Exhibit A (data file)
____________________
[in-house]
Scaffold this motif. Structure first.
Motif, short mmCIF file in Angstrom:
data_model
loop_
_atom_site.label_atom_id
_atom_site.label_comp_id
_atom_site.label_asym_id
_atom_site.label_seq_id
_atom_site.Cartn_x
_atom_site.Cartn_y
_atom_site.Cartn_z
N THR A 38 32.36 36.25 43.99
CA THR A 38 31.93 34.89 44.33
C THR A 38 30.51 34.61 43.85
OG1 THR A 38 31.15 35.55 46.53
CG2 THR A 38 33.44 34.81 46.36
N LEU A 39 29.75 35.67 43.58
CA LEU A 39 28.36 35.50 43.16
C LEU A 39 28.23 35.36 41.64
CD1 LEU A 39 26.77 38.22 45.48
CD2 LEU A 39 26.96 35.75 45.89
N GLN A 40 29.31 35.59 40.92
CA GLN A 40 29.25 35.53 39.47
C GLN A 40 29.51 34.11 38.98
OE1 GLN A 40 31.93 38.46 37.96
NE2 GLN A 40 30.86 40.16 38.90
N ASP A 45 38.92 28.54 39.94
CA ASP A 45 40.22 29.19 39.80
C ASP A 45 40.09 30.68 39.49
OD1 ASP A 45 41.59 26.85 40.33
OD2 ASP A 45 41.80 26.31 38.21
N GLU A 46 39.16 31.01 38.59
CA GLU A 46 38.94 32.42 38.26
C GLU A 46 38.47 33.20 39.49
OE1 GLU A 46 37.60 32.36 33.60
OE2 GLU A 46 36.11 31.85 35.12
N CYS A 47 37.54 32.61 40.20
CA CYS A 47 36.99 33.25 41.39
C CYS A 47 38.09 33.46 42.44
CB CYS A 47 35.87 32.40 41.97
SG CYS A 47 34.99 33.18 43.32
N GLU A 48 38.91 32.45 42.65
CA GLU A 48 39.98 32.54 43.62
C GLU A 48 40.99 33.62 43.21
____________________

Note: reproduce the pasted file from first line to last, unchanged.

[in-house]
Scaffold this motif. Structure first.
Motif, short mmCIF file in Angstrom:
data_model
loop_
_atom_site.label_atom_id
_atom_site.label_comp_id
_atom_site.label_asym_id
_atom_site.label_seq_id
_atom_site.Cartn_x
_atom_site.Cartn_y
_atom_site.Cartn_z
N THR A 38 32.36 36.25 43.99
CA THR A 38 31.93 34.89 44.33
C THR A 38 30.51 34.61 43.85
OG1 THR A 38 31.15 35.55 46.53
CG2 THR A 38 33.44 34.81 46.36
N LEU A 39 29.75 35.67 43.58
CA LEU A 39 28.36 35.50 43.16
C LEU A 39 28.23 35.36 41.64
CD1 LEU A 39 26.77 38.22 45.48
CD2 LEU A 39 26.96 35.75 45.89
N GLN A 40 29.31 35.59 40.92
CA GLN A 40 29.25 35.53 39.47
C GLN A 40 29.51 34.11 38.98
OE1 GLN A 40 31.93 38.46 37.96
NE2 GLN A 40 30.86 40.16 38.90
N ASP A 45 38.92 28.54 39.94
CA ASP A 45 40.22 29.19 39.80
C ASP A 45 40.09 30.68 39.49
OD1 ASP A 45 41.59 26.85 40.33
OD2 ASP A 45 41.80 26.31 38.21
N GLU A 46 39.16 31.01 38.59
CA GLU A 46 38.94 32.42 38.26
C GLU A 46 38.47 33.20 39.49
OE1 GLU A 46 37.60 32.36 33.60
OE2 GLU A 46 36.11 31.85 35.12
N CYS A 47 37.54 32.61 40.20
CA CYS A 47 36.99 33.25 41.39
C CYS A 47 38.09 33.46 42.44
CB CYS A 47 35.87 32.40 41.97
SG CYS A 47 34.99 33.18 43.32
N GLU A 48 38.91 32.45 42.65
CA GLU A 48 39.98 32.54 43.62
C GLU A 48 40.99 33.62 43.21